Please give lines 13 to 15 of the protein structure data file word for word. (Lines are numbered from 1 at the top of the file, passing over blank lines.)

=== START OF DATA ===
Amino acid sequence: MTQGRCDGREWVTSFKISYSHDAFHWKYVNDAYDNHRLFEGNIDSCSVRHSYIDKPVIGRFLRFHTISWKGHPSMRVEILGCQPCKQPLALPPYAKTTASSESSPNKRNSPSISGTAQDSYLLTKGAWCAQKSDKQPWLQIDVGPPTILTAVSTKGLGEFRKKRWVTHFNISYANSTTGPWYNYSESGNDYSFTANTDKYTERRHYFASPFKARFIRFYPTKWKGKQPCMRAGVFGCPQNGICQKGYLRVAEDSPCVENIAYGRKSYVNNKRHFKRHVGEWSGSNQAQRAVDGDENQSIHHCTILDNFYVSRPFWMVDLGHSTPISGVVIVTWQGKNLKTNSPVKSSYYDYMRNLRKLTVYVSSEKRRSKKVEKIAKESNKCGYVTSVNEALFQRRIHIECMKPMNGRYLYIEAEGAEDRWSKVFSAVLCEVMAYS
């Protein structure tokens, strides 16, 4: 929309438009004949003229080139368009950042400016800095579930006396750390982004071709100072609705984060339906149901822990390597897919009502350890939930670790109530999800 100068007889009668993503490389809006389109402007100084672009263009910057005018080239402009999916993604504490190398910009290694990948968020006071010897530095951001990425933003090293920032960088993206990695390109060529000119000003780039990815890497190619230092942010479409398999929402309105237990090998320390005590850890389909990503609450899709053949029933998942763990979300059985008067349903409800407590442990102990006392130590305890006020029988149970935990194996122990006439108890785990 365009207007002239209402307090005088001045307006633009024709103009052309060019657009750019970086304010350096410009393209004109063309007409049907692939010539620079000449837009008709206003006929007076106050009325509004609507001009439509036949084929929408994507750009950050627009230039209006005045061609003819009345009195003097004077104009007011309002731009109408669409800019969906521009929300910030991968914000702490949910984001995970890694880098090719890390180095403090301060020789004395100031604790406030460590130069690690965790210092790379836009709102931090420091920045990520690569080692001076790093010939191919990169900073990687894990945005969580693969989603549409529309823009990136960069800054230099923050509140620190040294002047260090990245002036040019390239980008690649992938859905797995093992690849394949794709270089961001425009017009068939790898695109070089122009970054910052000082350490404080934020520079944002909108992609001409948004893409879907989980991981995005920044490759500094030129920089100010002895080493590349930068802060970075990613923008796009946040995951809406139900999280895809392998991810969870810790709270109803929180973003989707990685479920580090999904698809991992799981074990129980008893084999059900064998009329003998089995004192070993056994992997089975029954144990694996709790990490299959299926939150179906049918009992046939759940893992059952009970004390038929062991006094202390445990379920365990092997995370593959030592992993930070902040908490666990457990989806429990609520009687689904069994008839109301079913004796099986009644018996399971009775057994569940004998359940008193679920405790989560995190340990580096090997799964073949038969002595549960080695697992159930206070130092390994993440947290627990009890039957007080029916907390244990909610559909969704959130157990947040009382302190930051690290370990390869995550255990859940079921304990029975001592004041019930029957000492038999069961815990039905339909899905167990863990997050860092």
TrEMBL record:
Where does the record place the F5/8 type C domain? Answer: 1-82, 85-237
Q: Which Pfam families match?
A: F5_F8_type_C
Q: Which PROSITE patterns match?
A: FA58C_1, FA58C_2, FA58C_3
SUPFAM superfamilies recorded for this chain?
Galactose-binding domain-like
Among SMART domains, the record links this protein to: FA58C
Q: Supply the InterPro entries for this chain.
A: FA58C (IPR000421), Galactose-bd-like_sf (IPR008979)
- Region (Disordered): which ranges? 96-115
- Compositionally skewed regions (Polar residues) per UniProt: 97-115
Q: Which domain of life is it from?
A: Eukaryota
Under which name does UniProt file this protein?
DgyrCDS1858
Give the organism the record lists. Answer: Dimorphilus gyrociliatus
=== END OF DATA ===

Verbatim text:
A: FA58C (IPR000421), Galactose-bd-like_sf (IPR008979)
- Region (Disordered): which ranges? 96-115
- Compositionally skewed regions (Polar residues) per UniProt: 97-115